The Zeeman family, about 1920. To the left sits my grandmother Coba.
The most recent story
My great-grandmother Jo Benner has a background story on this website. The Benner’s also play an important role in the history of my ancestors. During my research I came accross the story of Bas Benner, who was called Johan Bastiaan Benner in full. Also a part of his life is worth being told. Read on.
Where I live and who I am
I, as a human being, naturally come from a long line of ancestors. How I live and live in life is, to a large extent, partly determined by my education.
I got that education from my father and mother. And they have once again received a great deal of their norms and values from their parents. This is, of course, adapted to the prevailing spirit of the age, transferred from generation to generation.
Since everyone has had at least one father and one mother, the number of ancestors per generation that you go back in time is increasing by a factor of two. If you go back about six generations in time, then you have already about 64 ancestors, 32 men and 32 women. Figuring out the names of these people, along with the factual data that they hear, such as birth, marriage and death dates, is also known as genealogy. It is not difficult but becomes more difficult as you go back in time. If you want to know more about it you can go to many websites.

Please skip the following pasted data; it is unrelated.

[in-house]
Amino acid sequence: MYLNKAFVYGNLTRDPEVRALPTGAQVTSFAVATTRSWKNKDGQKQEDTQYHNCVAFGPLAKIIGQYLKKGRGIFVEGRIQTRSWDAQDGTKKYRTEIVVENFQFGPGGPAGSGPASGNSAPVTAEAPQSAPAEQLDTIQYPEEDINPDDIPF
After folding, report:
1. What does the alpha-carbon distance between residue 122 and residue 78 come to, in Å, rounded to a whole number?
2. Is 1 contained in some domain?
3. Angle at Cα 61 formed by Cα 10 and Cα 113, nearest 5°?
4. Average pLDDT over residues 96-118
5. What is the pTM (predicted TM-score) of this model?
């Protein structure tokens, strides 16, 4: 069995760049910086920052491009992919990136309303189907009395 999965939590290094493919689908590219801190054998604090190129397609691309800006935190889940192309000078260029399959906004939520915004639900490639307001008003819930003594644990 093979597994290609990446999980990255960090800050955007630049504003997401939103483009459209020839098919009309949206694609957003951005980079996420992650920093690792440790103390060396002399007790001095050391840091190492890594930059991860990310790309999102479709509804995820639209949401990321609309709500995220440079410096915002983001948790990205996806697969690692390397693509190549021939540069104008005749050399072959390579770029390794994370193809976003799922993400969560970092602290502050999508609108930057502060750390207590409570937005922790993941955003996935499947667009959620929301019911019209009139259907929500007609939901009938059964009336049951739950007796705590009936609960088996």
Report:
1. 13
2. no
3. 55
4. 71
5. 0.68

Much more fun and at the same time much more difficult to find out how your family used to live, what they did as a profession, where they lived, in short, you try to get an idea of their circumstances.
You have to limit yourself to a small selection of your ancestors. You should also delve into history to get an idea of the generally prevailing circumstances in the time they lived.
Much more difficult, but also much more interesting! Because the longer you engage with a number of ancestors and the deeper you dig into their situation, the more they get a “face” and, even though they have died centuries ago, they are slowly but surely again part of your family. That digging works almost addictive.